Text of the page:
**Thanks so much to SourcebooksFire for allowing me to read and review this book in exchange for an honest review!** I've been reading a lot of contemporaries lately, so I figured it was about time to pick up a contemporary read. Did I Mention I Love You? follows a girl named Eden who goes to California for her summer break to go and visit with her dad. Her parents are divorced, so her father lives in a different state. He actually got remarried and is now living with his new wife and her three kids, so Eden has to live with all of them. She's thrown into quite the whirlwind after finding out that one of the brothers is someone she can't help but hate: Tyler. I fairly enjoyed this book! I really liked Eden as a character and I definitely felt bad for her because of everything that she had been through. Her dad seemed very rude, though he grew on me a bit as I realized that at times he was trying to do what he felt was best for Eden. I also loved that the setting was in California. I absolutely love California and I've been there before, so it was great to know what the area the book was set in was like. I like how this book touched on topics that aren't really mentioned in YA literature. A relationship begins to blossom between step-siblings, though it's completely kept under wraps between just the two of them. However, I think that they went about the situation in the end in a pretty mature manner. At least Eden did! I'm pretty pumped for book two because DIMILY was quite an awesome book that was worth the read. Plus, there was such a cliffhanger!
Splashesintobooks1 More than 1 year ago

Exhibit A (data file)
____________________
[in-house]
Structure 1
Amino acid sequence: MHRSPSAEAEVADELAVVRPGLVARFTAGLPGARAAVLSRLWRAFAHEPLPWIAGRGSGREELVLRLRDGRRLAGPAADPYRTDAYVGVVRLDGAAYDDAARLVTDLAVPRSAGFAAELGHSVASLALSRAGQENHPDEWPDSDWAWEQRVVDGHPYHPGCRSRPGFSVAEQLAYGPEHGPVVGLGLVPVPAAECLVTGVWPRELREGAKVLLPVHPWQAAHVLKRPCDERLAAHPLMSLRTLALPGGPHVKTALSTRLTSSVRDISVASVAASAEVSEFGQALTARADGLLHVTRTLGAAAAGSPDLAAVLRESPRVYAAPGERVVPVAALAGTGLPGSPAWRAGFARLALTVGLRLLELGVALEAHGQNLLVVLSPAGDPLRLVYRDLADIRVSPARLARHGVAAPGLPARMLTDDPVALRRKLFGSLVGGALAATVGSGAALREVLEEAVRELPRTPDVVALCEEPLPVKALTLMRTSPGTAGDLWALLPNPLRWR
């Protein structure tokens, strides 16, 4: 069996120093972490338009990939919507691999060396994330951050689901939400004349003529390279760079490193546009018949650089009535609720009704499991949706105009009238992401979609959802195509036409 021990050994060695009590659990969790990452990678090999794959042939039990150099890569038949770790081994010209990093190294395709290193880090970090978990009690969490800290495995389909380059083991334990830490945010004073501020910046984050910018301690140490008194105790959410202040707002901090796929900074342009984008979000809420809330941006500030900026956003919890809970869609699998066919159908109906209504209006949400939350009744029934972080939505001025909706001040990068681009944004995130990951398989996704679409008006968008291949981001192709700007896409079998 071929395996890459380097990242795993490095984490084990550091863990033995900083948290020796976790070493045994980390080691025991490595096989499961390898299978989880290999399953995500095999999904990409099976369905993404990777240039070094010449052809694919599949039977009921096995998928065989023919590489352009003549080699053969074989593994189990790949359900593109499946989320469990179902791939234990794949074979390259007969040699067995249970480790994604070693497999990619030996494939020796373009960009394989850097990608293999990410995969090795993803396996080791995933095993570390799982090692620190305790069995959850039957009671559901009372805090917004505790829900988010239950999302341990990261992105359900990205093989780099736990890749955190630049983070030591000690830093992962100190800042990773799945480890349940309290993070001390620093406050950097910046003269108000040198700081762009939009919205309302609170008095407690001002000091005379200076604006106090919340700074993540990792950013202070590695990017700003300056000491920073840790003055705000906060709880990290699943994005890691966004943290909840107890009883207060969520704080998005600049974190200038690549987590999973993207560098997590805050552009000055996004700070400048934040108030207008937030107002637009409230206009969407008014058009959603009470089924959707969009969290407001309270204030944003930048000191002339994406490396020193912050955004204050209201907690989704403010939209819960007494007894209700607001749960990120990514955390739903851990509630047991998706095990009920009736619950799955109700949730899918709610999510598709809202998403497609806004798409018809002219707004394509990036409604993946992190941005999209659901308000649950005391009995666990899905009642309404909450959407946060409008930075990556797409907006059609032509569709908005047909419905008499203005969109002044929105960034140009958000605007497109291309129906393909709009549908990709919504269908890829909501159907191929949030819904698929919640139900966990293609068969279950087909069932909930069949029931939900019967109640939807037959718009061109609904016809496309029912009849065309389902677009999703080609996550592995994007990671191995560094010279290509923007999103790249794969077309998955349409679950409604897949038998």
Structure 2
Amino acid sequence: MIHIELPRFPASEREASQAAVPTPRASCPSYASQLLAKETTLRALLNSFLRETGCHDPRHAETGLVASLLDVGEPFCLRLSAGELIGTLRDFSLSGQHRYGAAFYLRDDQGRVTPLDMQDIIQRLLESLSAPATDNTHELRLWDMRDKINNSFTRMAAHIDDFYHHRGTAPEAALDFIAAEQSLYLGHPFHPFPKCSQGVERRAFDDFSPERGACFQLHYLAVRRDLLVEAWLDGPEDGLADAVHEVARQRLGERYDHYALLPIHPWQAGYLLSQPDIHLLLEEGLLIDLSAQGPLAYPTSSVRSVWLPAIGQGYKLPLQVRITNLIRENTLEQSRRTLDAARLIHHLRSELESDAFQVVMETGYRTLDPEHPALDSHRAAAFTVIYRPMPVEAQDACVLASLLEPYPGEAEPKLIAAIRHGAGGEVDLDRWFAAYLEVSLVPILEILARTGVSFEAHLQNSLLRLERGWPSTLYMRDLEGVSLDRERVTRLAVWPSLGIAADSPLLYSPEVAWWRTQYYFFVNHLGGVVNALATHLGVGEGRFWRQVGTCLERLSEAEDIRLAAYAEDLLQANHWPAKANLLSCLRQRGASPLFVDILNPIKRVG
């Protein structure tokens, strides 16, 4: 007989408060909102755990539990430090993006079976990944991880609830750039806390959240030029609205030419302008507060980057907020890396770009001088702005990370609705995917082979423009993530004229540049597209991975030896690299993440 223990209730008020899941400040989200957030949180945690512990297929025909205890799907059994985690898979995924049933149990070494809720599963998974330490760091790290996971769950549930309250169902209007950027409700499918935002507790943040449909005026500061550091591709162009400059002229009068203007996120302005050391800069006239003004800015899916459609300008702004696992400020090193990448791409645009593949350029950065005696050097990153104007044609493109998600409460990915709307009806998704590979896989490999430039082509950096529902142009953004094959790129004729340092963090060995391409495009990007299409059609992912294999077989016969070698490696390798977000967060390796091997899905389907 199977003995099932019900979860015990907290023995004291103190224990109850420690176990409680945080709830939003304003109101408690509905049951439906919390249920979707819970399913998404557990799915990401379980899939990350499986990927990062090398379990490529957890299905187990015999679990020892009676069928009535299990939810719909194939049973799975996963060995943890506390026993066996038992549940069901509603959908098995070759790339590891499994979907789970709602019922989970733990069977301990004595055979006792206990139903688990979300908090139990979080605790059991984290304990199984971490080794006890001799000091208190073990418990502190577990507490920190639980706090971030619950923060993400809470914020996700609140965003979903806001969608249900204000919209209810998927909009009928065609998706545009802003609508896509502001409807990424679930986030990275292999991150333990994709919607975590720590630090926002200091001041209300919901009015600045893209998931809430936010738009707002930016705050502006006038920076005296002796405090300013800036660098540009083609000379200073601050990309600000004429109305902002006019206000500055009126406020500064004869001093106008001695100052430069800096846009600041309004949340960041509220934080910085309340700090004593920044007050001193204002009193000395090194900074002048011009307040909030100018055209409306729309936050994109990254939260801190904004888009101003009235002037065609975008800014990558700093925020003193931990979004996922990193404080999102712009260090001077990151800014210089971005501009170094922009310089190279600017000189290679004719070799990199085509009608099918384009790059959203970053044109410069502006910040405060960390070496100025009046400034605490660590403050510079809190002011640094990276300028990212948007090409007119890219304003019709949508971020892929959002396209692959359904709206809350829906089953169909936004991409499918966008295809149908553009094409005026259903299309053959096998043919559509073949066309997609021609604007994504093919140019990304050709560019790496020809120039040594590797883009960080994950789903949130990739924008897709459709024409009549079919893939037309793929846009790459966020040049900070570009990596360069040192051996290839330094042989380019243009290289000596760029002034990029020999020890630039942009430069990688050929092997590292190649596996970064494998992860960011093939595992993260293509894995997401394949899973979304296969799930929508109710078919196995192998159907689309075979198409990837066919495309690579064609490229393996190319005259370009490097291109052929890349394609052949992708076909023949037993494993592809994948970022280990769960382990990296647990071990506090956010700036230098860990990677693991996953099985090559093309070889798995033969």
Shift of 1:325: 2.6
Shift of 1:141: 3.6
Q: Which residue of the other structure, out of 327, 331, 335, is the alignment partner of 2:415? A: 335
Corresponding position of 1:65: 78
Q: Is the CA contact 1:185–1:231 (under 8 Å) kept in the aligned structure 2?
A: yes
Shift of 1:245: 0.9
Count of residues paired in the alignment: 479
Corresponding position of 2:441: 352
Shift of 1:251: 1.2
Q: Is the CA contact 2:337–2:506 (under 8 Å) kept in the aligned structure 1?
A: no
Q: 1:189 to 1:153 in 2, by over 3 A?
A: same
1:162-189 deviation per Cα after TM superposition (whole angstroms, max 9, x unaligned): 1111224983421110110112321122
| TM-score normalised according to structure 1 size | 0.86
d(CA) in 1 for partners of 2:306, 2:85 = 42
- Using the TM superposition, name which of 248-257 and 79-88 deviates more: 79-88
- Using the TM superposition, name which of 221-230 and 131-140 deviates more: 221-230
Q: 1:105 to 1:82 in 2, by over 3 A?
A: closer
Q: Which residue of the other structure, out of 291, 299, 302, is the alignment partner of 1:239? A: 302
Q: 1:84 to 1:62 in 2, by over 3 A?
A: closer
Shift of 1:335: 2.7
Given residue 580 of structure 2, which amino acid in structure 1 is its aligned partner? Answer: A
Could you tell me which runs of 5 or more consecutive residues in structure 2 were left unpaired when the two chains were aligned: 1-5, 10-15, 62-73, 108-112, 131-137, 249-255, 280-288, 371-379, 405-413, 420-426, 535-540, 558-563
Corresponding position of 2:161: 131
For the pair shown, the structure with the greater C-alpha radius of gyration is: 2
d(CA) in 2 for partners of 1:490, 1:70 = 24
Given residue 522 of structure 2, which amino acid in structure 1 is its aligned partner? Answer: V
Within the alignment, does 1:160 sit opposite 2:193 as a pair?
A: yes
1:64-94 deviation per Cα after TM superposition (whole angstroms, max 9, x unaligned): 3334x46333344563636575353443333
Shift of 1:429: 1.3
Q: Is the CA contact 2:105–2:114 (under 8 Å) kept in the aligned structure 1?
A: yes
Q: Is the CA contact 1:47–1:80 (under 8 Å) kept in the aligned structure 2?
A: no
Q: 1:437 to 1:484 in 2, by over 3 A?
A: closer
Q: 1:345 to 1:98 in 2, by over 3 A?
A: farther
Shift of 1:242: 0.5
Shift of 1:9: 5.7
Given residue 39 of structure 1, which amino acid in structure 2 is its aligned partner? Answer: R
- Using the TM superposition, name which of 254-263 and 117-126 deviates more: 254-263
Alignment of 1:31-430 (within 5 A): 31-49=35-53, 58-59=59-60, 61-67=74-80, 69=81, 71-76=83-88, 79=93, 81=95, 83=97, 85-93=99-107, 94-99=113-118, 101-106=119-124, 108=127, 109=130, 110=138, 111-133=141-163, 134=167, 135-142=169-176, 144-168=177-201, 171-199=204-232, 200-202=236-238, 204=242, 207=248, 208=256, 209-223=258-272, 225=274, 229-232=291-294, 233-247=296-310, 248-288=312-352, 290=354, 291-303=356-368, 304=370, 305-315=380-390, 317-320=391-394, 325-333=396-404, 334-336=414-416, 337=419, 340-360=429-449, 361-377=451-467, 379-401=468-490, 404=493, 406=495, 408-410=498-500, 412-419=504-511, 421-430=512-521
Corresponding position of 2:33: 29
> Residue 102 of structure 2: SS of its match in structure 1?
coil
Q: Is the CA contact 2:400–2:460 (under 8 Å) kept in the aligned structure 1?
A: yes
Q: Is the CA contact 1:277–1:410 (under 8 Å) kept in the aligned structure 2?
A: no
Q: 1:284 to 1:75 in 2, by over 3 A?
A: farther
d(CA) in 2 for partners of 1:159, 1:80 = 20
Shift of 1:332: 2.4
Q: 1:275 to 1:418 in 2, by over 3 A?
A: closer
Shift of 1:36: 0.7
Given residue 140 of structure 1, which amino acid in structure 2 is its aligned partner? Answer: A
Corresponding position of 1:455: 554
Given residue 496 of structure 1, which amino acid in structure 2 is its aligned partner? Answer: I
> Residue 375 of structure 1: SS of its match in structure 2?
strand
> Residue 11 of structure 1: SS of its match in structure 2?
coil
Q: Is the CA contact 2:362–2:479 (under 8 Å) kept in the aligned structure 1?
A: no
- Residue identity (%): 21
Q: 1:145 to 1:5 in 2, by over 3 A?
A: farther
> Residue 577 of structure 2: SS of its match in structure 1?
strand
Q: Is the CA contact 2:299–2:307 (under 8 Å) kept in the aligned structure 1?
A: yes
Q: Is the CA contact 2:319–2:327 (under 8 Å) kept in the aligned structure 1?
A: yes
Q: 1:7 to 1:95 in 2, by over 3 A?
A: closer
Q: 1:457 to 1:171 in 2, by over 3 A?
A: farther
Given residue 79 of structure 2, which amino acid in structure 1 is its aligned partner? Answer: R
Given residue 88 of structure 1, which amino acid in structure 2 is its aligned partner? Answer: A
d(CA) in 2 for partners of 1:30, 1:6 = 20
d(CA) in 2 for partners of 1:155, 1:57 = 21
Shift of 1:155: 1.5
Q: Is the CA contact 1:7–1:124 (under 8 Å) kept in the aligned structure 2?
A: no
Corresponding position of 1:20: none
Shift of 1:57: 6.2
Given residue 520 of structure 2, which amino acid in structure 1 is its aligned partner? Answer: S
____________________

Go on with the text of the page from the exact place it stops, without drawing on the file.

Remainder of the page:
I seem to have read quite a few books lately with a sixteen year old leading young lady character and this is another. There, however, the similarities end. This heroine is Eden Munro. Three years ago her father left, divorced her mother and disappeared from both their lives. This summer, out of the blue, he invites her to stay with him and his new family – his new wife Ella and her three boys. Because of difficulties she’s experienced over the last year, Eden agrees to go but things are awkward from the start, the three step brothers aren’t the youngsters she’d assumed. Tyler Bruce is the oldest, just a year older than her and he has serious attitude and behavioural issues from the start – with good reasons you’ll learn later in the book but you don’t know what they are to start with and I’m not going to tell you. Eden makes friends with Rachael and, by association, with the group she’s friends with. These aren’t exactly the crowd I would have liked my daughter to hang out with at that age, especially not manipulative, nasty, Tiffany or the lads! Her Dad rarely seems to have time to even acknowledge her existence, things are going off with Tyler and life certainly isn’t going to be a smooth ride in this new household. I’ve very mixed feelings about this story. The writing is easy flow and engaging but the characters and tensions as well as some of the issues involved made it somewhat uncomfortable at times. The teenagers involved seem to be spoilt brats with little if any redeeming features – and for most of them I have no idea where their parents or guardians were to offer them any mature support or guidance. They all seem to have gone completely off the rails with no one to help them get back on track. So many of the relationships seem toxic, someone really ought to be loving them enough to help and support them. Their lives seem to revolve around parties, alcohol, sex and spending money. . . . they have attitudes which imply this is their right and little if any social conscience. I’m so glad the majority of teenagers I’ve met have been nothing like these! The big reveal towards the end helps the reader understand some of the reasons for Tyler’s behaviour and does give a glimmer of hope but Ella moving on from one boyfriend to another seemed wrong and I certainly didn’t sympathise with her over this. As I hope I’ve suggested, this is an engaging read, is well written and I’d certainly like to read more by this author in future but I’m really not sure about this particular book. You may well love it, I’d be interested to read what others think about it! I would also still like to read how the relationships in this story develop in the future novels! Thanks to the author, publisher and NetGalley, too, for letting me read an ARC of this book in exchange for this, an honest review and to the publishers for providing additional information, graphics and materials for this post.